Tuesday, March 17, 2009

Tongariro Alpine Crossing March 14, 2009

By the numbers: Seven hours, 19.4 km (12 miles) ascending to 1,886 metres (5,905 feet), 800 of which we actually climbed around and across three mountains, stunning jade-green lakes, rust-red craters, moonscape, and alpine tundra fueled by 10 peanut butter and jelly sandwiches, six plums, five apples, a dozen really good homemade peanut butter-chocolate chip cookies (NYTimes version of Cook's Illustrated recipe) and a bunch of neon sour gummy worms (among other things). Just our party of 5 (including my Kiwi friend Margo) and another 1,500-odd trampers doing the Tongariro Alpine Crossing, named one of the best one-day hikes in the world. Oh and the weather could not have been more perfect. The experience was truly a highlight of my life -- and I think the boys would agree.

The shuttle bus to the start of the hike (tramp in Kiwi-speak) picked us up at 6:55 am and we started on the trail around 7:30 am well fueled with coffee and bagels (yes, I found some decent ones here). It was quite lovely to be up there so early -- although we were far from alone...

as you can see by the long line of hikers in front of us heading for Mount Ngauruhoe, best known for its cameo as Mount Doom in The Lord of the Rings movies.

Mount Ruapehu bathed in early morning sunlight. This is our closest ski slope too -- about two hours from home here in Wanganui.

The boys all bundled up at the start - it was cold with a sharp wind in places. Thank heavens for our good friend Margo, who came with us, and had piles of extra gloves, hats, etc for us to borrow. (Not to mention that she found us a perfect apartment to stay in for the weekend and arranged all details. We're in a bit of travel-planning overload.)

The weather on these mountains is notoriously changeable and can be quite dangerous with visibility going from good to zero in the space of an hour, but Margo had efficiently arranged for perfect weather too.

Mount Doom with a recent dusting of snow, very early this year.

We came from down there!

Me, in red, and Margo, in orange a few hikers back. This uphill chunk at the beginning was not a piece of cake, but it was a good work out. The diversity of ages, levels of expertise, and languages on the track were quite amazing. (Margo got into a nice chat with guy in front of her about his sexy legs...although, ostensibly, she was asking him where he got his legwear.)

Despite growing up less than 90 mins from this hike, Margo had never done it. (She does point out that she lived thousands of miles away in London for 30 years but I still gave her grief, of course.)

Across moonscape, up rocky hill.

As we climbed higher, the volcanic formations and rocks were fantastic, not to mention the views of terrain. I wished for a 360 -degree lens.

Halfway through, shedding layers, staying motivated through strategic deployment of snackage and the awe-inspiring views.

On a clear day, you can see Mount Taranaki, which is about 80 miles away - as this picture managed to capture.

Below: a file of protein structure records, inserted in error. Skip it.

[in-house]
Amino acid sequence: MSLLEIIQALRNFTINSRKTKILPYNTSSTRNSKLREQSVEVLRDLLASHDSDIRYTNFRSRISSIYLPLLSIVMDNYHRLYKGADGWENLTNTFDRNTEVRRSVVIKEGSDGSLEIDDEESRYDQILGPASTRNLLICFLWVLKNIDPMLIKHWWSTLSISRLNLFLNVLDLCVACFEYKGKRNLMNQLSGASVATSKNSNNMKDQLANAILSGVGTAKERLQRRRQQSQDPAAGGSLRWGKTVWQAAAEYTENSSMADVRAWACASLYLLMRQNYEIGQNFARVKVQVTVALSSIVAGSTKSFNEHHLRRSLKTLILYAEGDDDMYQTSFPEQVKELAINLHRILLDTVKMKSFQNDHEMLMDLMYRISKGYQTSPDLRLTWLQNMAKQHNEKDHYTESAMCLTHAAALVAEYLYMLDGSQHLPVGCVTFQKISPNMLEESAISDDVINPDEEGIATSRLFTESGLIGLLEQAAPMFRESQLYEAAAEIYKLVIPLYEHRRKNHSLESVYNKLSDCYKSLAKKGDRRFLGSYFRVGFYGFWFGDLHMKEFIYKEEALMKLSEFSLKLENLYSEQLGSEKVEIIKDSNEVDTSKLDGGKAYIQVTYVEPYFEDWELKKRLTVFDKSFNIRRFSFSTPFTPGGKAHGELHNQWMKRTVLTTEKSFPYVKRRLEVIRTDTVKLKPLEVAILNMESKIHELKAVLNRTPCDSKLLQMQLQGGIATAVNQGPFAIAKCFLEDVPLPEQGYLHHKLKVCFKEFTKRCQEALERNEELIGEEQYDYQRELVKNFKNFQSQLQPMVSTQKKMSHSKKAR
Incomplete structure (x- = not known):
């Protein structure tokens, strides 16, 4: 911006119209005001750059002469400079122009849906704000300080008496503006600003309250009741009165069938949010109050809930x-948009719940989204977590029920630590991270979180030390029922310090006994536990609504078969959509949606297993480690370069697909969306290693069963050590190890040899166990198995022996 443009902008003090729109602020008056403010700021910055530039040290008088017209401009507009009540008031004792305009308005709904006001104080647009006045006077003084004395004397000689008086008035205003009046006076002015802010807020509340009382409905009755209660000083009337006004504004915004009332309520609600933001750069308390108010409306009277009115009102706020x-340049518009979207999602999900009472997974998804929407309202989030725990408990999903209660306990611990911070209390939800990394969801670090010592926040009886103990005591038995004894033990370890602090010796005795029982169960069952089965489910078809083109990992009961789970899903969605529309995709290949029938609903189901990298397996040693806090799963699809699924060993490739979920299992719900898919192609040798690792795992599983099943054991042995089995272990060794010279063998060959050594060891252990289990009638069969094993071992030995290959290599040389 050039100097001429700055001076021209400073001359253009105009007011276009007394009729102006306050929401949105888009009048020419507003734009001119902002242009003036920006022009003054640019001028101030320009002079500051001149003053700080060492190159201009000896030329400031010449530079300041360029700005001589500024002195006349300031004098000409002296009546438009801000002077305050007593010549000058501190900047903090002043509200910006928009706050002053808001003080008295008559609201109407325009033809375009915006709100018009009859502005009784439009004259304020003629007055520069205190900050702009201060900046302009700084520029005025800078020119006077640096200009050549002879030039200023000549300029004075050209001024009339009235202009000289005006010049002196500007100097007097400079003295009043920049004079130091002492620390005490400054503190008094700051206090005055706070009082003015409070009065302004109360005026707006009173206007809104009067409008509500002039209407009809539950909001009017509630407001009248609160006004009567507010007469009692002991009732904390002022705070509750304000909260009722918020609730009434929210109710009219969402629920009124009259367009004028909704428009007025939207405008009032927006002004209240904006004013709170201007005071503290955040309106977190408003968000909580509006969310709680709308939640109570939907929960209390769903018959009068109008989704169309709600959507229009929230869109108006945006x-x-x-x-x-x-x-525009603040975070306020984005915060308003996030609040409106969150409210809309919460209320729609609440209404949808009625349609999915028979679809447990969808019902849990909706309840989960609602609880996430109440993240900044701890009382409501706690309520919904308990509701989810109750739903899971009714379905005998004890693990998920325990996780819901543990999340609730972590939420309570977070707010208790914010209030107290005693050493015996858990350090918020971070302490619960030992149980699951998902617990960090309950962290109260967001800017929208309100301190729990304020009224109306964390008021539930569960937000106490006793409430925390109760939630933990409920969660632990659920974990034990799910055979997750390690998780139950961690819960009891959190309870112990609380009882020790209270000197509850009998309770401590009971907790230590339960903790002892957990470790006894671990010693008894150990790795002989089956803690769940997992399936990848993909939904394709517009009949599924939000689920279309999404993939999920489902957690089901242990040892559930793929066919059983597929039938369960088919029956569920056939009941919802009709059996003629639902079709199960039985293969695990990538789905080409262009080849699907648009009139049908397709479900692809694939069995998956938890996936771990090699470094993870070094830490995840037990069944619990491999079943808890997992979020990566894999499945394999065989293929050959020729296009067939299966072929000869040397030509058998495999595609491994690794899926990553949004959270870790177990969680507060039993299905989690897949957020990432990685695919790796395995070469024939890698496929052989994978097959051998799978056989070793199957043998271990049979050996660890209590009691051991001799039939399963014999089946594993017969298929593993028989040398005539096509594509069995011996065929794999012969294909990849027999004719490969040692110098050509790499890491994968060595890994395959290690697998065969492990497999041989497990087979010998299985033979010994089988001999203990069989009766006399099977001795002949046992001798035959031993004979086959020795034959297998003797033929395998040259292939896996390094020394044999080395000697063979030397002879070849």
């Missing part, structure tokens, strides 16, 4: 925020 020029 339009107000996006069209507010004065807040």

The first view of the Red Crater - one of those sights that photos water down from their true-life brilliance.
Nikko snapping away - the boys were truly impressed by the grandeur and diversity of the landscape we covered.

The Red Crater with Mount Ngauruhoe behind.

The Blue Lake.

Descending, very gingerly, the skree (very loose gravel) to the Emerald Lakes. Alex and Mark followed the example of some who merrily ran down the hill, ignoring the fact that one poorly placed step could send you somersaulting down the precipice.

Margo, almost at the end of the skree, which must account for her smile. Although those gorgeous lapis lakes might have something to do with it too. (It probably wasn't the strong smell of sulphur that arises from the craters around the lakes.)

This actually captures the color pretty well. They are just breathtaking. Their vibrant color comes from the minerals in the volanic earth and they freeze in the winter in that hue.

Looking back from whence we came. Red Crater, backed up by Ngauruhoe, and then Ruapehu, which is incidentally quite an active volcano with the last major eruption in 1996. (In Maori, the name means "pit to explode.")

Specks on the crest to the right are hikers at, I believe, the highest point of the hike at 1,886 meters. Yes, we were there.
White gentian flowers like this one were blooming along the lower track in many spots, although the alpine plant life is relatively sparse and not very colorful. Apparently, most alpine flowers are yellow or white because their pollinators - moths, flies, and beetles - do not have the same eye for color as do butterflies and bees.

View on the descent of Lake Rotoiara and then Lake Taupo in the distance.

The last hour in the sunshine but still some wind. It was gorgeous, but a little anticlimactic said the boys.

The steaming Ketetahi Springs on sacred Maori land passed on the way down.

A final view as we near the end framed by the omnipresent flax seed pods - the leaves of the plant were used in traditional Maori weaving of baskets, rugs, and capes.


Becky said...

Melissa -- This is so breathtaking. Your words and photos capture the experience so well. Really wish I could be there to experience it with you!

Beth said...

This Tolkien fan thinks the Mt. Doom pictures are very cool. Thanks for making that connection.